3 reasons why your IT customer satisfaction surveys aren’t working

When done well, transactional IT surveys (IT customer satisfaction surveys issued when a support ticket is closed) are a very powerful and cost-effective way to drive continual service improvement and improve IT customer satisfaction.

By the very unscientific method of doing straw poll votes at IT conferences, I estimate about 30% of corporate IT teams don’t do transactional IT surveys at all. 65% do, but they get low response rates (poor customer engagement) and don’t use them to drive lasting improvements. Only 5% do and reap the benefits.

So why is it that so few IT teams are using transactional surveys to actually improve IT customer satisfaction?

IT-customer-satisfaction-piechart

For the 30% who don’t survey at all, it’s either because their IT Service Mangement tool doesn’t have a transactional survey capability. Or because turning on the survey isn’t quick and easy. What questions should we ask? What scale should we use? What do we do with the data? What do all these scary statistical terms mean? And probably because there’s too much firefighting going on to step back and upgrade the hose (apologies to the late Stephen Covey).

But what about the 65% who are issuing surveys when tickets are closed?  Why are they getting single digit response rates? Why aren’t they seeing the IT customer satisfaction improvements that we know are possible? What are they doing (or not doing) that makes their survey efforts nothing more than an annoyance to their customers?

If you’re one of the 65% that’s not seeing the benefits of your transactional surveys, it’s likely to be because of one or more of these three reasons:

1. Poor survey design

If you’re not asking the right questions – or your questions are poorly worded (ambiguous or unclear) – you’re not going to get any insights from the results.

For example, one survey I saw asked for a rating for “Provided you with the computer support that you needed”. What does that even mean? How would you interpret the results?

Another design decision that has an impact on the effectiveness of the survey is the rating scale used.  Although there’s a lot of debate about the pros and cons of various scales, there seems to be general agreement that five, seven or eleven-point (Net Promoter) scales are the way to go.

Smaller scales can look good (think happy face vs sad face) but they just aren’t granular enough. And they tend to make your IT customer satisfaction look better than it is. A whole lot of customers having fairly mediocre experiences are still going to click that happy face.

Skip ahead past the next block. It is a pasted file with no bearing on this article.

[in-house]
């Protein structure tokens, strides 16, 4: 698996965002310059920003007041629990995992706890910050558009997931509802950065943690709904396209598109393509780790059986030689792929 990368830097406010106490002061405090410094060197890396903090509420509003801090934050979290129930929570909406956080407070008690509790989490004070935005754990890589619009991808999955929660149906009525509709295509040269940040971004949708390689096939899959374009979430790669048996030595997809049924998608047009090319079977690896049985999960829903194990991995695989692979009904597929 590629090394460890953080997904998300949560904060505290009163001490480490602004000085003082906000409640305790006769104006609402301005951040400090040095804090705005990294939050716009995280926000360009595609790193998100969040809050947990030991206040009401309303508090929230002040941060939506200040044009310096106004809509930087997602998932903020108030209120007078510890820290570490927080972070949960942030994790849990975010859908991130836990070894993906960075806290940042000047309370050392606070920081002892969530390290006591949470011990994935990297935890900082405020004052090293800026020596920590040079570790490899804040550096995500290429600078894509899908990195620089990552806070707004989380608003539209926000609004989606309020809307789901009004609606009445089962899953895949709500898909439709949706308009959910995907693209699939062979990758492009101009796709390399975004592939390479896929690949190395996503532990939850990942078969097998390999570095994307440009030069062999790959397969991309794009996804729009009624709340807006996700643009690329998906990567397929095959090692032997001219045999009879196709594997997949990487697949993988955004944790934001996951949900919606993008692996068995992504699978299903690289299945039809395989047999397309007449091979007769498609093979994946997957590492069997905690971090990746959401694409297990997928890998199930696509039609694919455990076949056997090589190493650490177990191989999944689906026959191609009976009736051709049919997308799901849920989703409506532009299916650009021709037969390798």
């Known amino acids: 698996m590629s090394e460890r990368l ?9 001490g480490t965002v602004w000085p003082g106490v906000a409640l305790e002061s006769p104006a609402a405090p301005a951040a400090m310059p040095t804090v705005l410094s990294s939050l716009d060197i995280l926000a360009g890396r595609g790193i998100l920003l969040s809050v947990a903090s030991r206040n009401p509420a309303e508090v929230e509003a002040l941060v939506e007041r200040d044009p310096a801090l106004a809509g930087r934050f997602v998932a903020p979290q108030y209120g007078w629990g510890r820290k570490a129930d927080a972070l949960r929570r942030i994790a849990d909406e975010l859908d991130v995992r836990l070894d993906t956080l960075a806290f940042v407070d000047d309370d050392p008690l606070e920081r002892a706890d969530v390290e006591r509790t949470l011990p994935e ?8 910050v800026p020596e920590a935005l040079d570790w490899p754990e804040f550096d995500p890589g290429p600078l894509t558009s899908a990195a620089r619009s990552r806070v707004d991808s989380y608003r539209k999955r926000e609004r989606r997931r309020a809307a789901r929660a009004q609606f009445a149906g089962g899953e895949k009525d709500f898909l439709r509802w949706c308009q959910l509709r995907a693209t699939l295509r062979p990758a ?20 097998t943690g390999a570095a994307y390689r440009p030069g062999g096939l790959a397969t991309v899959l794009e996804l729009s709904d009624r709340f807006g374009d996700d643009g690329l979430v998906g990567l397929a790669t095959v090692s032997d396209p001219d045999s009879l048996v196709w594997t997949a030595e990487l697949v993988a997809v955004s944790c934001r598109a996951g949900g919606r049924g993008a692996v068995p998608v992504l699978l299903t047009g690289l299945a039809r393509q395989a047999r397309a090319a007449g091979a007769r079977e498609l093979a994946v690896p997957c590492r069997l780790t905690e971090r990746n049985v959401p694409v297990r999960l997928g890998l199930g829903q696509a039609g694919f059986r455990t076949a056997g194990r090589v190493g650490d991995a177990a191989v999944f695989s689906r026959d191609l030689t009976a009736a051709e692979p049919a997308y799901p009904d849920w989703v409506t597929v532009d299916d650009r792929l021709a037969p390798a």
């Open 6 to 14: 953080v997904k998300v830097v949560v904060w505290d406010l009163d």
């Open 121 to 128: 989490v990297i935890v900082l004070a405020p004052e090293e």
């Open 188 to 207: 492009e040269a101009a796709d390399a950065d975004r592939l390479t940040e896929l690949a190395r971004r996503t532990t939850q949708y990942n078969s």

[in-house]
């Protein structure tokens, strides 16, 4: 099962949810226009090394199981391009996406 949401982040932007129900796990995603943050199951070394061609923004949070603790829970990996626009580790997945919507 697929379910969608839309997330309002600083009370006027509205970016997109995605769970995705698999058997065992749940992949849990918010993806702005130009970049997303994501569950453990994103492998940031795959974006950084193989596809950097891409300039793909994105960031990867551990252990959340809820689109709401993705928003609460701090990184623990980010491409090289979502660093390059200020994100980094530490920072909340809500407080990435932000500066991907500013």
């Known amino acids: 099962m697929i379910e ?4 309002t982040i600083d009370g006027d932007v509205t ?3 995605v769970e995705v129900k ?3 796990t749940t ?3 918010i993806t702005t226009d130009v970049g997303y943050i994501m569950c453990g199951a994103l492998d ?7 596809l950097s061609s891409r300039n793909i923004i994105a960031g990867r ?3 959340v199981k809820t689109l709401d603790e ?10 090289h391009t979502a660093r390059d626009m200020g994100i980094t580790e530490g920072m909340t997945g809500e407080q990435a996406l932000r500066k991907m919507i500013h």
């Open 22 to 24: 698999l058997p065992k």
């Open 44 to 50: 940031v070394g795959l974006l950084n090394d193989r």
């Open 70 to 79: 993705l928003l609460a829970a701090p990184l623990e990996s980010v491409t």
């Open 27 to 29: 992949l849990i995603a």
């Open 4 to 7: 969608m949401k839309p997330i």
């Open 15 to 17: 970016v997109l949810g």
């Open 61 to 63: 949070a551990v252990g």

2. Letting response rates decline

When you spam customers (send too many surveys) with surveys they just start ignoring them.

When the survey takes too long to complete, or doesn’t work on their mobile device, they don’t bother answering them.

And when you aren’t communicating with your customers to show that you’re listening and acting on their feedback, they stop answering them.  My bank regularly asks for my feedback and I’ve never once heard any sort of acknowledgement of my issues or seen any improvement of their service. I just stopped answering their surveys – what’s the point?

3. Not taking action

If the only thing you use transactional surveys for is to calculate a customer satisfaction measure for a management report, your response rates are probably low or declining and your customer satisfaction won’t be increasing.

If you’re not doing these, you’re not going to reap the benefits of your surveys:

  • Dealing with individual customer issues quickly as they arise (and benefiting from the serrvice recovery paradox).
  • Not sharing customer feedback, good and bad, with your support teams.
  • Not analysing/mining customer feedback for improvement opportunities.
  • Not having CSAT targets in place (and being satisfied with the status quo).

Reward your customers with improvement actions. Your responses rates will rise and you WILL see IT customer satisfaction increase.

Do you do survey your IT customers after you’ve resolved their issue or fulfilled their request? How are you using the survey results to drive improvements?

 

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